(144g) Single Molecule Detection of Nitric Oxide Enabled by d(AT)15 DNA Adsorbed to near Infrared Fluorescent Single-Walled Carbon Nanotubes

Authors: 
Boghossian, A. A., Massachusetts Institute of Technology
Barone, P. W., Massachusetts Institute of Technology
Kim, J., Massachusetts Institute of Technology
Lin, D., Massachusetts Institute of Technology
Heller, D. A., Massachusetts Institute of Technology
Nair, N., Massachusetts Institute of Technology
Reuel, N., Massachusetts Institute of Technology
Strano, M. S., Massachusetts Institute of Technology


We report the selective detection of single nitric oxide (NO) molecules using a specific DNA sequence of d(AT)15 oligonucleotides, adsorbed to an array of near-infrared fluorescent semiconducting single-walled carbon nanotubes (AT15-SWNT). While SWNT suspended with eight other variant DNA sequences show fluorescence quenching or enhancement from analytes such as dopamine, NADH, L-ascorbic acid, and riboflavin, d(AT)15 imparts SWNT with a distinct selectivity toward NO. In contrast, the electrostatically neutral polyvinyl alcohol enables no response to nitric oxide, but exhibits fluorescent enhancement to other molecules in the tested library. For AT15-SWNT, a stepwise fluorescence decrease is observed when the nanotubes are exposed to NO, reporting the dynamics of single-molecule NO adsorption via SWNT exciton quenching. We describe these quenching traces using a birth-and-death Markov model, and the maximum likelihood estimator of adsorption and desorption rates of NO is derived. Applying the method to simulated traces indicates that the resulting error in the estimated rate constants is less than 5% under our experimental conditions, allowing for calibration using a series of NO concentrations. As expected, the adsorption rate is found to be linearly proportional to NO concentration, and the intrinsic single-site NO adsorption rate constant is 0.001 s-1 μM NO-1. The ability to detect nitric oxide quantitatively at the single-molecule level may find applications in new cellular assays for the study of nitric oxide carcinogenesis and chemical signaling, as well as medical diagnostics for inflammation.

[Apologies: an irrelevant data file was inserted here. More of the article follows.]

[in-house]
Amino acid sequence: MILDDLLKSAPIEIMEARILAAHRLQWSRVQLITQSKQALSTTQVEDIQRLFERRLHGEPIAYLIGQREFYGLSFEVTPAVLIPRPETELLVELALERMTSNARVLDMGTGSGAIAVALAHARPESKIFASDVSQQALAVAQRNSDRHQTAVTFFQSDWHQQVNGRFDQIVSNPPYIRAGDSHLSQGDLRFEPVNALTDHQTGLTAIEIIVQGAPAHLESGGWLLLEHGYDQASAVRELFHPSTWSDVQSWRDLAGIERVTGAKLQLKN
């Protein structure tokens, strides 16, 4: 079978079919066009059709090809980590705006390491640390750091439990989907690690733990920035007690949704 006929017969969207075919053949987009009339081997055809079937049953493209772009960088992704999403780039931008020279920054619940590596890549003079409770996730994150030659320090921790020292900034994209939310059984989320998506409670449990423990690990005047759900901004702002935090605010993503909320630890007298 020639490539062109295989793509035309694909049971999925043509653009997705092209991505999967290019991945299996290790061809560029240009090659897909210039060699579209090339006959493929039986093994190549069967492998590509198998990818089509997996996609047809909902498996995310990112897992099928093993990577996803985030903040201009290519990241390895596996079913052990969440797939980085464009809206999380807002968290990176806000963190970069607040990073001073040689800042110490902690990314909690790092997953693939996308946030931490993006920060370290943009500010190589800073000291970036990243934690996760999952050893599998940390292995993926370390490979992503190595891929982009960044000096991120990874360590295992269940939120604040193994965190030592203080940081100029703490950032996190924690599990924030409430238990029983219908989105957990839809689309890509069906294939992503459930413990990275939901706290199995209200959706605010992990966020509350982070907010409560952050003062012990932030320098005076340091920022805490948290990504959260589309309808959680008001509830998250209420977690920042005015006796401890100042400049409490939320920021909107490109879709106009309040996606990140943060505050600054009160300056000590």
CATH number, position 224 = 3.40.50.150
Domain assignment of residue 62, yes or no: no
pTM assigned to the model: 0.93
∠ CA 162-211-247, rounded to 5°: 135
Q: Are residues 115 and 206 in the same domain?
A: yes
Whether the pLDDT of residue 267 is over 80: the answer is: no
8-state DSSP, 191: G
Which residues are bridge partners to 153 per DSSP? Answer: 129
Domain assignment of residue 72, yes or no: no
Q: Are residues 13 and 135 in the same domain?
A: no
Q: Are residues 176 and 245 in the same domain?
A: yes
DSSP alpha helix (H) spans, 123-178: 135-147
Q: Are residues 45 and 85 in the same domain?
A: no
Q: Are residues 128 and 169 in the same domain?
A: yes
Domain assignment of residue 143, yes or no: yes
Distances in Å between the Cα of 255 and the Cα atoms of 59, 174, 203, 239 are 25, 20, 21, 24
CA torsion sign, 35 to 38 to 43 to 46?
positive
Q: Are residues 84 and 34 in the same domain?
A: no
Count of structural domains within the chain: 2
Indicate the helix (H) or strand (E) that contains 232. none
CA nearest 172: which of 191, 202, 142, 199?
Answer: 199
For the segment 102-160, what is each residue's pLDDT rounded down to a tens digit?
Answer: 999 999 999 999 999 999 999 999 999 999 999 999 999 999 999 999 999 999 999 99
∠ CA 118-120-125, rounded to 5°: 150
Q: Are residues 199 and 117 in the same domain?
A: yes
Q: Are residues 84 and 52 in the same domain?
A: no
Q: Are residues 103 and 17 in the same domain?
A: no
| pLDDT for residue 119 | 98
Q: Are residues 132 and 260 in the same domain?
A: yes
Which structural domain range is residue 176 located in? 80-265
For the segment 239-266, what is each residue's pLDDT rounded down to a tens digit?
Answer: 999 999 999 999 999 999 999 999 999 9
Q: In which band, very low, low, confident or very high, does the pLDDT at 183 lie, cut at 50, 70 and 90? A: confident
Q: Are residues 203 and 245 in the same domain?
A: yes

Zhang, J.; Boghossian, A. A.; Barone, P. W.; Rwei, A.; Kim, J.-H.; Lin, D.; Heller, D. A.; Hilmer, A. J.; Nair, N.; Reuel, N. F.; Strano, M. S. Journal of the American Chemical Society 2010, 133, 567.

Topics: